Tuesday, June 12, 2007

Database Growth and Solutions Part II

This is our 2nd part, of three, sessions discussing database growth and the possible solutions to deal with such growth. Just an FYI, this discussion stems from a presentation by John Stouffer, Solution Beacon, and Rich Butterfield of HP. The Database Growth: Problems and Solutions presentation can be found on the Solution Beacon web site at the following link http://www.solutionbeacon.com/ind_pres.htm

Add Capacity through Hardware Upgrades

This isn’t really a solution and reflects that you cannot remove any more data, and you have, typically, exhausted all means of controlling/minimizing your data growth. So now what?

This is when you need to manage with what you have and plan for the future to control where you go; either that, or at least provide enough time to plan for a new career elsewhere.

  • Perform some type of capacity planning effort to see how fast you are growing and how quickly you will outgrow or outperform what you currently have

  • Start tracking data growth
  • Start planning on scaling up with more/faster CPUs and additional RAM, or scaling out, with RAC solutions. You can plan years ahead and stretch the cost to ensure you can keep performance and availability in check

  • Consider as much of the data deletion/purging activities as possible

This doesn’t solve the problem, it just delays the inevitable from occurring.

Decentralize or Do Not Consolidate Data

Think twice before consolidating your databases into one large database. It is sometimes much easier to manage a few small to medium size instances than it is to manage a large growing one. If one database is more or less static, stable and less likely to grow and then you consolidate it with another instance that is growing rapidly and more likely to encounter performance and data issues, you have now caused that stable instance to be in a state of disarray too. You now have twice as many unhappy users. Certainly choosing not to centralize your data may not help control IT resources, costs and overall manageability, but it may be the best solution for your enterprise.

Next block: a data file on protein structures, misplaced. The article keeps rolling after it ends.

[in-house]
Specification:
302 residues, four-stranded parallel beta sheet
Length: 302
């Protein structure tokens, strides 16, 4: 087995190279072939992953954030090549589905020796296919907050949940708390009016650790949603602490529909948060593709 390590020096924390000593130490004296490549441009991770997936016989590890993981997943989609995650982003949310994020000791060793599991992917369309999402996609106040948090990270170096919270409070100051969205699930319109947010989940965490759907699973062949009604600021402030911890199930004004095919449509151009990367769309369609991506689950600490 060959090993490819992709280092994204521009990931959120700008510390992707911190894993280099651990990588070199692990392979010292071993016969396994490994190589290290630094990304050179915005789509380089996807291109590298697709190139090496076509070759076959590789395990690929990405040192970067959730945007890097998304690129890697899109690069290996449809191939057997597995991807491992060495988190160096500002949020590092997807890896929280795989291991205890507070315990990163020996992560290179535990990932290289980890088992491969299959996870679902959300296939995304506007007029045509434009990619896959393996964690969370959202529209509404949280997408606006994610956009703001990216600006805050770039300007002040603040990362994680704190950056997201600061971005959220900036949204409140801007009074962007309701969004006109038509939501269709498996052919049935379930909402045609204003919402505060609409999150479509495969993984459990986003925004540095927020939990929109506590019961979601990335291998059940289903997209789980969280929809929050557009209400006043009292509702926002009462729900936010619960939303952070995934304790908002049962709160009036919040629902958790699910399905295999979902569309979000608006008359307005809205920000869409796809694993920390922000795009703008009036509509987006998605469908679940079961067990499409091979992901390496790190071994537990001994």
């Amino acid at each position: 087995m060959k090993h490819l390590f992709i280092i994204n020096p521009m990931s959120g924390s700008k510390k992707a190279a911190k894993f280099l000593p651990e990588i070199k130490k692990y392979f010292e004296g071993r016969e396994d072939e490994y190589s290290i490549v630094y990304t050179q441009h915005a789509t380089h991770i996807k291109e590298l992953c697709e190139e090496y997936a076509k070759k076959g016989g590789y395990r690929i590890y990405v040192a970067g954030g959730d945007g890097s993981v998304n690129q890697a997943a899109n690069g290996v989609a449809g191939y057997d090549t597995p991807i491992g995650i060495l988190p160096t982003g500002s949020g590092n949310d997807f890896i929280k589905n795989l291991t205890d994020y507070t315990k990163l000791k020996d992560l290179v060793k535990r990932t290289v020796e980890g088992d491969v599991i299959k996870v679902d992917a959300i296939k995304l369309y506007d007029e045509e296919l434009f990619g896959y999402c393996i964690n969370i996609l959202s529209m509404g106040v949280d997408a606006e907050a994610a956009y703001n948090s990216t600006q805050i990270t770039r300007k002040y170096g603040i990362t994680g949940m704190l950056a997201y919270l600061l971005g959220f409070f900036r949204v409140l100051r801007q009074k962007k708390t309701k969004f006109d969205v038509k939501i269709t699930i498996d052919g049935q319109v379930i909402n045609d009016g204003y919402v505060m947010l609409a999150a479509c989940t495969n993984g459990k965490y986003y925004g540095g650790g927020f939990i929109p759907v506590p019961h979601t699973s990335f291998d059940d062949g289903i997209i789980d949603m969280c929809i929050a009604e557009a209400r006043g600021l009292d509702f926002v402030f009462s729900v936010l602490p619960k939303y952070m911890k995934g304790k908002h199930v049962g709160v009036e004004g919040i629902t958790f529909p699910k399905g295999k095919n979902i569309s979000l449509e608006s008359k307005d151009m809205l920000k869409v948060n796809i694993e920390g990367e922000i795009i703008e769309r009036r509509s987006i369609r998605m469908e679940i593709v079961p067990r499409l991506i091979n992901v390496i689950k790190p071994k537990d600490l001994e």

Database Partitioning

Partitioning allows the segregation of data (tables/indexes) into smaller segments, while maintaining a seamless view of all the data as a whole.
Figuring out the best partitioning approach for your tables and indexes can take a considerable amount of analysis, but if implemented correctly, can potentially reap extensive performance gains and potential storage savings.
Older, lightly used partitions can be ported to cheaper, lower end storage solutions. Additionally, depending on the configuration of your partitions, when cloning to other instances, the partitions can be removed, thus reducing the storage needs on target servers.

Partitioning is standard out of the box for only a select set of Oracle Application modules and custom partitioning must have the database partitioning option licensed with Oracle.
Partitioning still doesn’t address the data growth issue and takes a considerable amount of ongoing maintenance and support to maintain the partitions and performance of the partitions.

So, stay tuned for next weeks final posting on Database Growth and Solutions where we will discuss Database Archiving and Hierarchical Storage Management (HSM)


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